# Galaxy Properties for DR8 spectra from MPA-JHU

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## MPA-JHU

For DR8 galaxy spectra (virtually all of which were in DR7 too) we provide the “galSpec” galaxy properties from MPA-JHU. These properties are deprecated in favor of the Wisconsin, Portsmouth, and Granada team analyses of the same data, but are provided in DR15 for comparison.

We refer to this set of line measurements as the MPA-JHU measurements, after the Max Planck Institute for Astrophysics and the Johns Hopkins University where the technique was developed. The Galspec product provided by the MPA-JHU group is based on the methods of Brinchmann et al. 2004, Kauffmann et al. 2003, and Tremonti et al. 2004. These have been run on previous SDSS data releases and the catalog has been made publicly available since DR4, and has been included in the SDSS data release since DR8.

We provide MPA measurements for all objects that idlspec2d calls a galaxy in rund2=26 (used for the DR7 plates). This code has not been run on the new SEGUE-2 plates in run2d=103 and 104 or on any BOSS spectra. We briefly describe the technique here; details can be found in the papers referenced above.

These files are line-by-line matched with the specObj file. However, no SDSS-III spectra have been analyzed by galSpec. The galSpec pipelines have not been run on all data; if the PLATE, FIBERID, MJD values are -1 then there is no result for that spectrum. Furthermore, if RELIABLE in the galSpecInfo file is set to zero, then the parameters are not considered reliable.

These files contain measurements of emission lines in galaxies, Lick and other indices, and derived quantities. The sections below describe the methods in more detail.

## Galaxy emission lines

In measuring the nebular emission lines of galaxies, it is important to properly account for the galaxy continuum which is very rich in stellar absorption features. In DR8 we offer a set of emission line measurements for galaxy spectra which makes use of stellar population synthesis models to accurately fit and subtract the stellar continuum.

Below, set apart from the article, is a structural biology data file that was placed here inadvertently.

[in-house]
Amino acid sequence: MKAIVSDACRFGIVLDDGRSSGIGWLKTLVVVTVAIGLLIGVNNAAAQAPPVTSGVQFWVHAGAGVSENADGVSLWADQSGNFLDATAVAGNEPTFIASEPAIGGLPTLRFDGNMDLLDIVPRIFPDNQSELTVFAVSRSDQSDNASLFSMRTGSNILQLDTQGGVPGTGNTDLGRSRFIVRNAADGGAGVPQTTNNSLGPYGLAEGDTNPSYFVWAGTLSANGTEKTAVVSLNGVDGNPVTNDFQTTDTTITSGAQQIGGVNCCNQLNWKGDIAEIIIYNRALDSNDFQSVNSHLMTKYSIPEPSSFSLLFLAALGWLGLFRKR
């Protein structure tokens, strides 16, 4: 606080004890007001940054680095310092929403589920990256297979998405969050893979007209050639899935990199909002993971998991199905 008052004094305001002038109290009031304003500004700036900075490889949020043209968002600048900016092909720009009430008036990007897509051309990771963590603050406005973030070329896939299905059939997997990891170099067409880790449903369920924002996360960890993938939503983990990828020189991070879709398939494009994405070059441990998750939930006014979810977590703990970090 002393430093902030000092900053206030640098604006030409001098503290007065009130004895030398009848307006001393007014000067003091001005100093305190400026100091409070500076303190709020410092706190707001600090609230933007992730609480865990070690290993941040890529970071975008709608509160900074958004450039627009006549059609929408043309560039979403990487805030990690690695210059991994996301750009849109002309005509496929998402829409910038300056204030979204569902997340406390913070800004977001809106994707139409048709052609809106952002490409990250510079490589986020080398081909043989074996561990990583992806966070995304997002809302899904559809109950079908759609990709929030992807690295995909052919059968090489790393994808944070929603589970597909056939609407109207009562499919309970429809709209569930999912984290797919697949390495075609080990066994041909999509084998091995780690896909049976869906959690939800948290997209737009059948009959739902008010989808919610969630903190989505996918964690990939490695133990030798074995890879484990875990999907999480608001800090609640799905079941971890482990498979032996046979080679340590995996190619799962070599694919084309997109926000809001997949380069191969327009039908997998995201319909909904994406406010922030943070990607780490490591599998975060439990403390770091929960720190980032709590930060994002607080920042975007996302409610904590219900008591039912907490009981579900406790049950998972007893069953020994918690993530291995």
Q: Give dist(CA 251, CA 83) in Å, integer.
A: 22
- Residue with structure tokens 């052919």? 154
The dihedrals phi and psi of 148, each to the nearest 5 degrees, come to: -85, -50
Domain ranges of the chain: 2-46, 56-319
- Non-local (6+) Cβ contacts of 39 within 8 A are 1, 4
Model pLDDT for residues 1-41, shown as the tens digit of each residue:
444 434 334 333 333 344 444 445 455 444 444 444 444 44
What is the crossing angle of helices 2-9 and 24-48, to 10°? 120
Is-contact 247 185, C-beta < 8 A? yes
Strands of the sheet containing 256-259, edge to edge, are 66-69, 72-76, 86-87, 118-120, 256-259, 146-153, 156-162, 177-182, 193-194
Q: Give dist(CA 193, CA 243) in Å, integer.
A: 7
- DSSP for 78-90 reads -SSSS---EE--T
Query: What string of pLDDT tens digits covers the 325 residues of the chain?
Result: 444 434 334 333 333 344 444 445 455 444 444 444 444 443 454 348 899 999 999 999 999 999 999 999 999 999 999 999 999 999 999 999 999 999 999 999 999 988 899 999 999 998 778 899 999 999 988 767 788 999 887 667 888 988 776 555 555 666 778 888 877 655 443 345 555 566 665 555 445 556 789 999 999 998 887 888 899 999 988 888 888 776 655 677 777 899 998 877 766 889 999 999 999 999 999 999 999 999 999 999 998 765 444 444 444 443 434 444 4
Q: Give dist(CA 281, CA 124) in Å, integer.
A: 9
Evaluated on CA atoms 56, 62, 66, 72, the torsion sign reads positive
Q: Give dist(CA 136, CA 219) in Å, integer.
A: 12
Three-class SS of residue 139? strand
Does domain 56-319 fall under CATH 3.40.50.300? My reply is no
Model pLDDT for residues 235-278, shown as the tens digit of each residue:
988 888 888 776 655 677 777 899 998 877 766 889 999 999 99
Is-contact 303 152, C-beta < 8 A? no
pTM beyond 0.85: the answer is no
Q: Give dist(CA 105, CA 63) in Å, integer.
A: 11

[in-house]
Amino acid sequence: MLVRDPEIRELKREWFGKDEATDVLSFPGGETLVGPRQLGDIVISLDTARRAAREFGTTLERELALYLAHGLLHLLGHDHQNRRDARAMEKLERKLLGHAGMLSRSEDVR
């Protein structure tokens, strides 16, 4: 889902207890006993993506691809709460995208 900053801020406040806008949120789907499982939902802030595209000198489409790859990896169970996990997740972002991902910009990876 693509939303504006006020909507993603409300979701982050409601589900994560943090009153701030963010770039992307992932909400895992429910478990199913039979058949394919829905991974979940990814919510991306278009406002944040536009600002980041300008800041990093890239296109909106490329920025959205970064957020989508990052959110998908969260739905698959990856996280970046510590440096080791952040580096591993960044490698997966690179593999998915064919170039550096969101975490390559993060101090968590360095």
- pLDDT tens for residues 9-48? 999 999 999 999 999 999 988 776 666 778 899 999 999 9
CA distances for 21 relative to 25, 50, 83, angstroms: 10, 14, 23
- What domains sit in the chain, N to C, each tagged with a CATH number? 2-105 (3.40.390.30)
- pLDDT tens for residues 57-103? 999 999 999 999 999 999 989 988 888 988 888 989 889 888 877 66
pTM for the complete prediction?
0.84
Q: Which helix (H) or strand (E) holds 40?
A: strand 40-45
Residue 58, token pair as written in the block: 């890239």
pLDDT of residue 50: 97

We first scale each galaxy spectrum to match its r-band fiber magnitude, and correct each spectrum for Galactic extinction following SFD and the O’Donnell (1994) attenuation curve. We adopt the basic assumption that any galaxy star formation history can be approximated as a sum of discrete bursts. Our library of template spectra is composed of single stellar population models generated using the population synthesis code of Bruzual & Charlot (2003). We have used a new version kindly made available by the authors which incorporates the MILES empirical spectral library (Sanchez-Blazquez et al. 2006; these spectra cover the range 3525-7500 Angstroms with 2.3 Angstrom FWHM). The spectral-type and metallicity coverage, flux-calibration accuracy, and number of stars in the library represent a substantial improvement over previous libraries. Our templates include models of ten different ages (0.005, 0.025, 0.1, 0.2, 0.6, 0.9, 1.4, 2.5, 5, 10 Gyr) and four metallicities (1/4, 1/2, 1, 2.4 solar). For each galaxy we transform the templates to the measured redshift and velocity dispersion and resample them to match the data. To construct the best-fitting model we perform a non-negative least squares fit to a linear combination of our ten single-age populations, with internal dust attenuation modeled as an additional free parameter following Charlot & Fall (2000). Given the S/N of the spectra, we model galaxies as single metallicity populations and select the metallicity that yields the minimum χ2.